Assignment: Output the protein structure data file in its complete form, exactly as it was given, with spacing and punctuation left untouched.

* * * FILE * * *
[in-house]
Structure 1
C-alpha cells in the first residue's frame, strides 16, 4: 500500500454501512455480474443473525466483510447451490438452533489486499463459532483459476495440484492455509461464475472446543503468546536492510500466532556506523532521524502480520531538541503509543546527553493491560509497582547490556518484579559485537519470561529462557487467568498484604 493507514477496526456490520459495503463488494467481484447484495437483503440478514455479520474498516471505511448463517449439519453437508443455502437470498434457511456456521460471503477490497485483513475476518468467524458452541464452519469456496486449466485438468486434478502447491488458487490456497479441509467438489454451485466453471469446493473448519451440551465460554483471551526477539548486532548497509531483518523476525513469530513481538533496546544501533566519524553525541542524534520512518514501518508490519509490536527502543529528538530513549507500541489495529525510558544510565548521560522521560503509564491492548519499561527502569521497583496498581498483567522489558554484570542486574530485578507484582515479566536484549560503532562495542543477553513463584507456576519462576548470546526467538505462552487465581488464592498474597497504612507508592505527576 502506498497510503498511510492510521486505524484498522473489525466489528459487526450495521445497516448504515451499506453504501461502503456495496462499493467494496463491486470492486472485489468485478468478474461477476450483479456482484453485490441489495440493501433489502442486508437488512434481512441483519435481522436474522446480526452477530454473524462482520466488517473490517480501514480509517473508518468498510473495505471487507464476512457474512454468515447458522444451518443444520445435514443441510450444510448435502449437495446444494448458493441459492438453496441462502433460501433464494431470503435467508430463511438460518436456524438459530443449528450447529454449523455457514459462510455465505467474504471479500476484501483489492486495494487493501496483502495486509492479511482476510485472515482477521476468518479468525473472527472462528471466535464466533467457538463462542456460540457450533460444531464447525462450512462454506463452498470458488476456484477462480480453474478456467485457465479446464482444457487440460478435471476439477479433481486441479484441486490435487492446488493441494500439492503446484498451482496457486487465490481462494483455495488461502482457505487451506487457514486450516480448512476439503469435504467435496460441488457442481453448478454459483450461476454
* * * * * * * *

[in-house]
Structure 1
C-alpha cells in the first residue's frame, strides 16, 4: 500500500454501512455480474443473525466483510447451490438452533489486499463459532483459476495440484492455509461464475472446543503468546536492510500466532556506523532521524502480520531538541503509543546527553493491560509497582547490556518484579559485537519470561529462557487467568498484604 493507514477496526456490520459495503463488494467481484447484495437483503440478514455479520474498516471505511448463517449439519453437508443455502437470498434457511456456521460471503477490497485483513475476518468467524458452541464452519469456496486449466485438468486434478502447491488458487490456497479441509467438489454451485466453471469446493473448519451440551465460554483471551526477539548486532548497509531483518523476525513469530513481538533496546544501533566519524553525541542524534520512518514501518508490519509490536527502543529528538530513549507500541489495529525510558544510565548521560522521560503509564491492548519499561527502569521497583496498581498483567522489558554484570542486574530485578507484582515479566536484549560503532562495542543477553513463584507456576519462576548470546526467538505462552487465581488464592498474597497504612507508592505527576 502506498497510503498511510492510521486505524484498522473489525466489528459487526450495521445497516448504515451499506453504501461502503456495496462499493467494496463491486470492486472485489468485478468478474461477476450483479456482484453485490441489495440493501433489502442486508437488512434481512441483519435481522436474522446480526452477530454473524462482520466488517473490517480501514480509517473508518468498510473495505471487507464476512457474512454468515447458522444451518443444520445435514443441510450444510448435502449437495446444494448458493441459492438453496441462502433460501433464494431470503435467508430463511438460518436456524438459530443449528450447529454449523455457514459462510455465505467474504471479500476484501483489492486495494487493501496483502495486509492479511482476510485472515482477521476468518479468525473472527472462528471466535464466533467457538463462542456460540457450533460444531464447525462450512462454506463452498470458488476456484477462480480453474478456467485457465479446464482444457487440460478435471476439477479433481486441479484441486490435487492446488493441494500439492503446484498451482496457486487465490481462494483455495488461502482457505487451506487457514486450516480448512476439503469435504467435496460441488457442481453448478454459483450461476454